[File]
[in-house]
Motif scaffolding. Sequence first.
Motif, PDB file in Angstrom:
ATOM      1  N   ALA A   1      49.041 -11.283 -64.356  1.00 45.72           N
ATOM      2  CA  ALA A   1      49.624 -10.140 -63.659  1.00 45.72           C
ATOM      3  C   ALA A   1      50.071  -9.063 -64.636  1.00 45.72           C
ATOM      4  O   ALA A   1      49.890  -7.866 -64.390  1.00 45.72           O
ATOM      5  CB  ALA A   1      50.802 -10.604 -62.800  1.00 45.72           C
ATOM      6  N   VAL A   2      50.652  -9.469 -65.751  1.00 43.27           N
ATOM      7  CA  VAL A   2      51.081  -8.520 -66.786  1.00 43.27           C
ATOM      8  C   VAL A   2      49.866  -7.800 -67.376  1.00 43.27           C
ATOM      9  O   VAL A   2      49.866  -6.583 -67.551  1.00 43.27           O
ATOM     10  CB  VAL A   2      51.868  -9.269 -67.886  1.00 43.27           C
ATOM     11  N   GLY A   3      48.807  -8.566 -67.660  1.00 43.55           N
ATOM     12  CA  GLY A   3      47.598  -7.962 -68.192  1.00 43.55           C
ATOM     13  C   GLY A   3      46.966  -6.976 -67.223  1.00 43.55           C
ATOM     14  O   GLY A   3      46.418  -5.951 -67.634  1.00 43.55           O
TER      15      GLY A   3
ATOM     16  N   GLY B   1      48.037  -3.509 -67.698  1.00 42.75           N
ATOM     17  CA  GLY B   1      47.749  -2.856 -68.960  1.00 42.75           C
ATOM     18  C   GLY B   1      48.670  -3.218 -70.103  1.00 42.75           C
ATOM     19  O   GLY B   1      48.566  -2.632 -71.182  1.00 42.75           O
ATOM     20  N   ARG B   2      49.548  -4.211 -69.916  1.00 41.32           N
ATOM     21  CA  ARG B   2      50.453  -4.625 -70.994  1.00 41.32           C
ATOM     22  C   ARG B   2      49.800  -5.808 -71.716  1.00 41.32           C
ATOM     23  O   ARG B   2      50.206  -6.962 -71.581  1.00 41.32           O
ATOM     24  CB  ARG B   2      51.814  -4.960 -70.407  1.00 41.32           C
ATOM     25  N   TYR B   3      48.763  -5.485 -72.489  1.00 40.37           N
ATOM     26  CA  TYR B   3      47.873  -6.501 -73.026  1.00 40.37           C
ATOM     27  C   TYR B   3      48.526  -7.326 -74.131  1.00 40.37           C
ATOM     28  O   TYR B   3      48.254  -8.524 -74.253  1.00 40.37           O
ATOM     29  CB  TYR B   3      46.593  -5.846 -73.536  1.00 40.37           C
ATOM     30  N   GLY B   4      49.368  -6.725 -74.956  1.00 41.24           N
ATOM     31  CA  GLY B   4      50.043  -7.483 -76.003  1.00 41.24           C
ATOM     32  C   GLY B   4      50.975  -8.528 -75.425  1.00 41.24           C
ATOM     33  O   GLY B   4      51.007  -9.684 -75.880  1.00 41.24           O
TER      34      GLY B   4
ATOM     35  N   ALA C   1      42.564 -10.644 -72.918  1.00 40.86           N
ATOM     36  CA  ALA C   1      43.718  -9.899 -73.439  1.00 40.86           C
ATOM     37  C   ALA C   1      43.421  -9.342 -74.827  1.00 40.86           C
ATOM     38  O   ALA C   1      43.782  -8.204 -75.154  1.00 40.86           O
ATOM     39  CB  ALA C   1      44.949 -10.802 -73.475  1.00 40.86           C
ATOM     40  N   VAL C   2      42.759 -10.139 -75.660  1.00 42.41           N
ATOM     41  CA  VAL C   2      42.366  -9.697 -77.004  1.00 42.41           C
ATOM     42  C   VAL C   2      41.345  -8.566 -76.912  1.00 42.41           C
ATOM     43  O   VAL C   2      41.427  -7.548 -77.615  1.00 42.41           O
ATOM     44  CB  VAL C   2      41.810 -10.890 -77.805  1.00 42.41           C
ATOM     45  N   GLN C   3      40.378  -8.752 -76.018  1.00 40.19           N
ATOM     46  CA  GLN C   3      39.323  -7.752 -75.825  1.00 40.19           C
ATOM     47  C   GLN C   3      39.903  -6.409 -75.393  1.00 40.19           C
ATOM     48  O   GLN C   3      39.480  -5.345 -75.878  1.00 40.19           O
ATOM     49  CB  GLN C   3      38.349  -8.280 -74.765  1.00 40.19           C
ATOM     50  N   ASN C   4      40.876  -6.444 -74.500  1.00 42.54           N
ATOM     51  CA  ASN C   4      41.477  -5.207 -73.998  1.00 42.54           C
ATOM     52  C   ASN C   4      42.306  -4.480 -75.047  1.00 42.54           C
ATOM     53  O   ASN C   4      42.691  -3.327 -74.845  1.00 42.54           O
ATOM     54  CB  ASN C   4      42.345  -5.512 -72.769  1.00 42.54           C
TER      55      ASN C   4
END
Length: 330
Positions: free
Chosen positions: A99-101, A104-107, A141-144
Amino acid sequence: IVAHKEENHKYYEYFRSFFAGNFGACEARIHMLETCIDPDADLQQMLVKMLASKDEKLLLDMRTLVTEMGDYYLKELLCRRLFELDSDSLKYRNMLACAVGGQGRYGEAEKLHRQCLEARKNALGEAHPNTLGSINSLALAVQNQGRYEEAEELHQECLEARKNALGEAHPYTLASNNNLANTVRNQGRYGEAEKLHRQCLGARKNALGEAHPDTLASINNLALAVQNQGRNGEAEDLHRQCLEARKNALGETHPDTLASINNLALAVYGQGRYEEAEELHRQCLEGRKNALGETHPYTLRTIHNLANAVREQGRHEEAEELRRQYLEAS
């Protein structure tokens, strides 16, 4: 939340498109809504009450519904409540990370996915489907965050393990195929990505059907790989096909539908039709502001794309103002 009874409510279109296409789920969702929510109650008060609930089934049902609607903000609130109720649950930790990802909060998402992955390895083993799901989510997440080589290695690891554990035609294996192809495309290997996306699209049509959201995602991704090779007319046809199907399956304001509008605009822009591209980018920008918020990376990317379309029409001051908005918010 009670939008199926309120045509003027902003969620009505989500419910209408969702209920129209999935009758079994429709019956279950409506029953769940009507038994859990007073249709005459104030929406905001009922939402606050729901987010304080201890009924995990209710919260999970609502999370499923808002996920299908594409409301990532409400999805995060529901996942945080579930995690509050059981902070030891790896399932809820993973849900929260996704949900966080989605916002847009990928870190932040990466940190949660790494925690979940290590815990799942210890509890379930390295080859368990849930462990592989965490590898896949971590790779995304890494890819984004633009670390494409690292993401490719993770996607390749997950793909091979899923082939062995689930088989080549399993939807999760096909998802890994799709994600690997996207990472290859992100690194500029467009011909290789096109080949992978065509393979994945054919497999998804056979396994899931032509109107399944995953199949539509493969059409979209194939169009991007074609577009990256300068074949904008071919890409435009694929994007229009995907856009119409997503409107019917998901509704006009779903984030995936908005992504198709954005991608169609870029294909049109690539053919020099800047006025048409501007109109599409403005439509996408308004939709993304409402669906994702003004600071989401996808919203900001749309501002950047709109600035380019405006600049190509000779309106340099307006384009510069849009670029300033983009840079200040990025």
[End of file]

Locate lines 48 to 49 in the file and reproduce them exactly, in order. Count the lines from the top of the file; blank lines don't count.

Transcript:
ATOM     45  N   GLN C   3      40.378  -8.752 -76.018  1.00 40.19           N
ATOM     46  CA  GLN C   3      39.323  -7.752 -75.825  1.00 40.19           C